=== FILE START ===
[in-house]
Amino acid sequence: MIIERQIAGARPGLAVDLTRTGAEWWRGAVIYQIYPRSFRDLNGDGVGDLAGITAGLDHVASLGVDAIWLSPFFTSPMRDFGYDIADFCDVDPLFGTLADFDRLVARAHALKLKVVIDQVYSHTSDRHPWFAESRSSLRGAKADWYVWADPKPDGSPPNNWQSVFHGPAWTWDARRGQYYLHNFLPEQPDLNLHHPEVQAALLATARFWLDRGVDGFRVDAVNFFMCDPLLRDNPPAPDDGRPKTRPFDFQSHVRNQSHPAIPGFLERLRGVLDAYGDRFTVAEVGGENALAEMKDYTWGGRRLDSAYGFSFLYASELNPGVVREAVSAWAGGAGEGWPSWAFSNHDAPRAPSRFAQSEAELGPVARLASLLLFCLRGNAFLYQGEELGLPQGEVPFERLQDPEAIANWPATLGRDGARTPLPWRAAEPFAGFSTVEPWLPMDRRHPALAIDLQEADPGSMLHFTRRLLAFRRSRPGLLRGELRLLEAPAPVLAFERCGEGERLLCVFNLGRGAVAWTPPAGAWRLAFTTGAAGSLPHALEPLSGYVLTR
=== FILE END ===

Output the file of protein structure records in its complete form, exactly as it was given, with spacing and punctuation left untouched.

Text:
[in-house]
Amino acid sequence: MIIERQIAGARPGLAVDLTRTGAEWWRGAVIYQIYPRSFRDLNGDGVGDLAGITAGLDHVASLGVDAIWLSPFFTSPMRDFGYDIADFCDVDPLFGTLADFDRLVARAHALKLKVVIDQVYSHTSDRHPWFAESRSSLRGAKADWYVWADPKPDGSPPNNWQSVFHGPAWTWDARRGQYYLHNFLPEQPDLNLHHPEVQAALLATARFWLDRGVDGFRVDAVNFFMCDPLLRDNPPAPDDGRPKTRPFDFQSHVRNQSHPAIPGFLERLRGVLDAYGDRFTVAEVGGENALAEMKDYTWGGRRLDSAYGFSFLYASELNPGVVREAVSAWAGGAGEGWPSWAFSNHDAPRAPSRFAQSEAELGPVARLASLLLFCLRGNAFLYQGEELGLPQGEVPFERLQDPEAIANWPATLGRDGARTPLPWRAAEPFAGFSTVEPWLPMDRRHPALAIDLQEADPGSMLHFTRRLLAFRRSRPGLLRGELRLLEAPAPVLAFERCGEGERLLCVFNLGRGAVAWTPPAGAWRLAFTTGAAGSLPHALEPLSGYVLTR